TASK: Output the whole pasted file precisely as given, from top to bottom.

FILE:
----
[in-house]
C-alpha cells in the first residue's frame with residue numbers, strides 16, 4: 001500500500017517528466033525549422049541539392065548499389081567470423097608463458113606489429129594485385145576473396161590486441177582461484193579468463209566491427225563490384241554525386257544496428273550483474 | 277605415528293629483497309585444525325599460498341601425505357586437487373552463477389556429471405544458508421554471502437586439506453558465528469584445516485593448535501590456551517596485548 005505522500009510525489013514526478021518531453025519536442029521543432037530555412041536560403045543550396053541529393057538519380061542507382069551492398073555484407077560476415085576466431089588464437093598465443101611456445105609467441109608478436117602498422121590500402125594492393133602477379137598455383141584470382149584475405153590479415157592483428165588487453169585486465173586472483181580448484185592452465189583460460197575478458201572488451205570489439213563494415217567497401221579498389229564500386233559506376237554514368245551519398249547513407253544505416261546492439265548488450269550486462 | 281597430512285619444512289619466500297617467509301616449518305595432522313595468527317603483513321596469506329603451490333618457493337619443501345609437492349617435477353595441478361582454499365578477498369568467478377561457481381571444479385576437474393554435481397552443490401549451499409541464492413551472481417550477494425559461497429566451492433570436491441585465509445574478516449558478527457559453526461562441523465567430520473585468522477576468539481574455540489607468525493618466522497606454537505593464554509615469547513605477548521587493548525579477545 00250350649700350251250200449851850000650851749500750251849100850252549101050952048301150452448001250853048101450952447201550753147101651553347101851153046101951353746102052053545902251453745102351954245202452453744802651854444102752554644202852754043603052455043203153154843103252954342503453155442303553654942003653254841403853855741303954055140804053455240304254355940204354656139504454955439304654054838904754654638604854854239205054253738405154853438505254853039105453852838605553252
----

[in-house]
C-alpha cells in the first residue's frame with residue numbers, strides 16, 4: 001500500500017517528466033525549422049541539392065548499389081567470423097608463458113606489429129594485385145576473396161590486441177582461484193579468463209566491427225563490384241554525386257544496428273550483474 | 277605415528293629483497309585444525325599460498341601425505357586437487373552463477389556429471405544458508421554471502437586439506453558465528469584445516485593448535501590456551517596485548 005505522500009510525489013514526478021518531453025519536442029521543432037530555412041536560403045543550396053541529393057538519380061542507382069551492398073555484407077560476415085576466431089588464437093598465443101611456445105609467441109608478436117602498422121590500402125594492393133602477379137598455383141584470382149584475405153590479415157592483428165588487453169585486465173586472483181580448484185592452465189583460460197575478458201572488451205570489439213563494415217567497401221579498389229564500386233559506376237554514368245551519398249547513407253544505416261546492439265548488450269550486462 | 281597430512285619444512289619466500297617467509301616449518305595432522313595468527317603483513321596469506329603451490333618457493337619443501345609437492349617435477353595441478361582454499365578477498369568467478377561457481381571444479385576437474393554435481397552443490401549451499409541464492413551472481417550477494425559461497429566451492433570436491441585465509445574478516449558478527457559453526461562441523465567430520473585468522477576468539481574455540489607468525493618466522497606454537505593464554509615469547513605477548521587493548525579477545 00250350649700350251250200449851850000650851749500750251849100850252549101050952048301150452448001250853048101450952447201550753147101651553347101851153046101951353746102052053545902251453745102351954245202452453744802651854444102752554644202852754043603052455043203153154843103252954342503453155442303553654942003653254841403853855741303954055140804053455240304254355940204354656139504454955439304654054838904754654638604854854239205054253738405154853438505254853039105453852838605553252